Assuming Player 1 makes a solid colored ball (1-7) on his first turn, he will continue shooting at the solid balls until he misses. At that point Player 2 will assume control of the table, shooting at the striped balls (9-15) until he misses. The game continues on this way until one player makes all of his 7 balls, followed by the 8-Ball, at which point he is declared the winner of the game.
What is VERY important to understand is that the black colored 8-Ball cannot be pocketed until the end of the game-until one player has made all of his striped or solid-colored balls. If a player accidentally hits the 8-Ball into a pocket before he has pocketed his respective 7 balls, that player automatically loses the game. The only exception to this rule is when the 8-Ball is pocketed on the initial break. Should that happen (and it's rare), the player who broke the balls is immediately declared the winner.
Nine ball is a very popular game in the United States, second only to the game of 8-Ball in terms of popularity. Unlike 8-Ball, which utilizes 15 balls + the cue ball, 9-Ball, as the name suggests, uses only 9 balls + the cue ball. This includes all of the solid-colored balls (1-8) and the striped 9-ball.
At the beginning of a game of 9-ball, the balls are arranged into a diamond shape using a rack designed for this purpose. They are not placed in any order, but depending on the table rules in your specific region either the 9-ball or the 1-ball must be placed into the center of the rack, with the other ball placed at the very back end.
As with 8-ball, once the rack is removed in 9-ball, Player 1 will break up the balls using a cue stick and the cue ball. If he makes a ball on the break, he will continue his turn, but if he misses, Player 2 will assume control of the table.
At this point, the game becomes much different than 8-Ball. In 9-ball, players must shoot at the balls in numerical order (1-9), starting with the 1-ball and continuing until all 9 balls have been sunk. Players lose their turn if they fail to hit the object ball into the pocket, but a successfully pocketed ball will continue their turn. If Player 1 makes contact with the intended object ball yet misses the shot, Player 2 will assume control of the table, hitting the cue ball where it lies. However, if Player 1 fails to contact the object ball with the cue ball-before hitting any other ball-Player 2 can then place the cue ball anywhere on the table before commencing with his turn. This is called "ball in hand."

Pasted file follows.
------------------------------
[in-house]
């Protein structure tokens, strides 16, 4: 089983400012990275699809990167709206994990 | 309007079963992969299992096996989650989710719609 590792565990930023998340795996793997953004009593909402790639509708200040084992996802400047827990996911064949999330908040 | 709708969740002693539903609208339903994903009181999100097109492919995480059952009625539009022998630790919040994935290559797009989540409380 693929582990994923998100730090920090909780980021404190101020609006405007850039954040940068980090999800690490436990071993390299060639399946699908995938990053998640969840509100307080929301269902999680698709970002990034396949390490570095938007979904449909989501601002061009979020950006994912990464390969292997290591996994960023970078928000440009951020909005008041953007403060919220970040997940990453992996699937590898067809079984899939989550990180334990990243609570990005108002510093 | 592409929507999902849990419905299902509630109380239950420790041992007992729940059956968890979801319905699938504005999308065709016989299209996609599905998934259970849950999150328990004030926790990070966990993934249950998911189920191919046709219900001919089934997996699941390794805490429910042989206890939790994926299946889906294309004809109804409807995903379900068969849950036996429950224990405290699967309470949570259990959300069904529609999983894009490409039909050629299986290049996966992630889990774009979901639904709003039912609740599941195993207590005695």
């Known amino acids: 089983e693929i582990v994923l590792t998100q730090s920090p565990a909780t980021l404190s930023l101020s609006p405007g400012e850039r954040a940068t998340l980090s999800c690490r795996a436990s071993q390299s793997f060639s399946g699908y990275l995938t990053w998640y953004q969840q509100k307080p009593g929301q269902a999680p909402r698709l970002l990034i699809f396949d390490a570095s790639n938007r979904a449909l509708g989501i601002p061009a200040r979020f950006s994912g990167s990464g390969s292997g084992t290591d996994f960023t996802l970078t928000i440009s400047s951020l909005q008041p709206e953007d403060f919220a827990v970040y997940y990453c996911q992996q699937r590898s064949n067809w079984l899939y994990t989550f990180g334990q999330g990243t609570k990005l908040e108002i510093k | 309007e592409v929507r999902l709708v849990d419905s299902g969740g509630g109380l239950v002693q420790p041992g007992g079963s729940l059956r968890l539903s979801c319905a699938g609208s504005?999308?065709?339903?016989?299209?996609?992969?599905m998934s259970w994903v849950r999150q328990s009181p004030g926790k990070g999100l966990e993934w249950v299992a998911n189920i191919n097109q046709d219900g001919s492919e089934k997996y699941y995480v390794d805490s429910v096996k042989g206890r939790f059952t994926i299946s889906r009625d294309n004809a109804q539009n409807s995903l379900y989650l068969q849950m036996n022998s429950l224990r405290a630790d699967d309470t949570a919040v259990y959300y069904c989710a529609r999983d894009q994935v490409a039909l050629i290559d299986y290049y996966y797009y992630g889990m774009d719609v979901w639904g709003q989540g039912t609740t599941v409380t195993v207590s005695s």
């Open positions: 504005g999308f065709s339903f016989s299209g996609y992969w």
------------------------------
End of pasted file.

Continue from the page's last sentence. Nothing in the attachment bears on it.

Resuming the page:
The game of 9-ball can be ended in one of two ways. First, if the table has been cleared of all the other balls-1-ball through 8-ball-leaving only the 9-ball on the table, a player can win by sinking the 9-ball. The second way to win is through a "combination shot," in which a player hits the next ball in order-say the 3-ball-into the 9-ball and sinks the latter.
Because of rules like "ball in hand" and combination shots, 9-ball can be a very strategic game. One example of this is as follows: If Player 1 has no clear path for pocketing the next object ball, he can choose to play defense instead-trying to place the cue ball into a position that limits his opponent's next shot.
To sum up the differences between 8-ball and 9-ball, remember that the former is played with 15 balls and the latter uses only 9. In 8-ball, the object is to hit either the striped or solid-colored balls (but not both), followed by the 8-ball, whereas in 9-ball you must hit the balls in numerical order, followed by the 9-ball, or try a combination shot that knocks the lowest-numbered object ball into the 9-ball and pockets the latter.
Remembering these key differences can start you on your way to mastering either of these two enjoyable pool games.
About Mike Jones
As a child of the 80's, my fondest gaming memories are playing Pitfall, Frogger, Kaboom! and Chopper Command on our old Atari 8600. These days I've been rocking the Nintendo Classic and learning some new card and board games with the family."